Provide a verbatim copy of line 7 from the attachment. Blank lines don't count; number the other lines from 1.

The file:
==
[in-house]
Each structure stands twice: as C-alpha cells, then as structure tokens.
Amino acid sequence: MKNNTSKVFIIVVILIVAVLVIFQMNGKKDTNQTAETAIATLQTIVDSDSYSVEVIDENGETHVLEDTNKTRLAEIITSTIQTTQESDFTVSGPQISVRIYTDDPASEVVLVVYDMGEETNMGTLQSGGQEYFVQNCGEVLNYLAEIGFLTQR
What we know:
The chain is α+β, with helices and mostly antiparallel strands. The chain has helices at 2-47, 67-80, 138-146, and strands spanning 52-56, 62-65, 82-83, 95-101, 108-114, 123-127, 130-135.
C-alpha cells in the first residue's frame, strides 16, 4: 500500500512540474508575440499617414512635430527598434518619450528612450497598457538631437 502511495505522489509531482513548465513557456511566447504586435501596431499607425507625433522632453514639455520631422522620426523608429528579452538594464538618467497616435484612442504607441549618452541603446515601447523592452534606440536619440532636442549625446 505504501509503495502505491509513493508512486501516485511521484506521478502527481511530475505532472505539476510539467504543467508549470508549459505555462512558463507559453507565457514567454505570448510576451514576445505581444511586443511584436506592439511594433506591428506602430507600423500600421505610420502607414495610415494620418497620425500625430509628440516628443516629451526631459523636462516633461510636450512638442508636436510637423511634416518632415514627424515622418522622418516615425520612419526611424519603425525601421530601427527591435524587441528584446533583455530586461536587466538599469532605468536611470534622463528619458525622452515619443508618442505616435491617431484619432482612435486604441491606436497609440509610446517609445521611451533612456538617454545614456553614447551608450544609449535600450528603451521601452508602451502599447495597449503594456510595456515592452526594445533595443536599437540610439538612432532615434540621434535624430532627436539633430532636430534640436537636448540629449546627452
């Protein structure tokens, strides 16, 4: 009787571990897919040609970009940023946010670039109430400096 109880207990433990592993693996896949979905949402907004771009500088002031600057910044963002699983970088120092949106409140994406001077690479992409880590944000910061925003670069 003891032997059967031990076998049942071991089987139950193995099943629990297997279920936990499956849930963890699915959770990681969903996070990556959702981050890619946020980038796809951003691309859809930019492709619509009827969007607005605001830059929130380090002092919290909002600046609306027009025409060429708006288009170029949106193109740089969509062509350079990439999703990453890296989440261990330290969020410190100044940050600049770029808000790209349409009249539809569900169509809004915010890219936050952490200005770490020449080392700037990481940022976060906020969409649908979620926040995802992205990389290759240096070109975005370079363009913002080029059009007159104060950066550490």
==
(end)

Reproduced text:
């Protein structure tokens, strides 16, 4: 009787571990897919040609970009940023946010670039109430400096 109880207990433990592993693996896949979905949402907004771009500088002031600057910044963002699983970088120092949106409140994406001077690479992409880590944000910061925003670069 003891032997059967031990076998049942071991089987139950193995099943629990297997279920936990499956849930963890699915959770990681969903996070990556959702981050890619946020980038796809951003691309859809930019492709619509009827969007607005605001830059929130380090002092919290909002600046609306027009025409060429708006288009170029949106193109740089969509062509350079990439999703990453890296989440261990330290969020410190100044940050600049770029808000790209349409009249539809569900169509809004915010890219936050952490200005770490020449080392700037990481940022976060906020969409649908979620926040995802992205990389290759240096070109975005370079363009913002080029059009007159104060950066550490």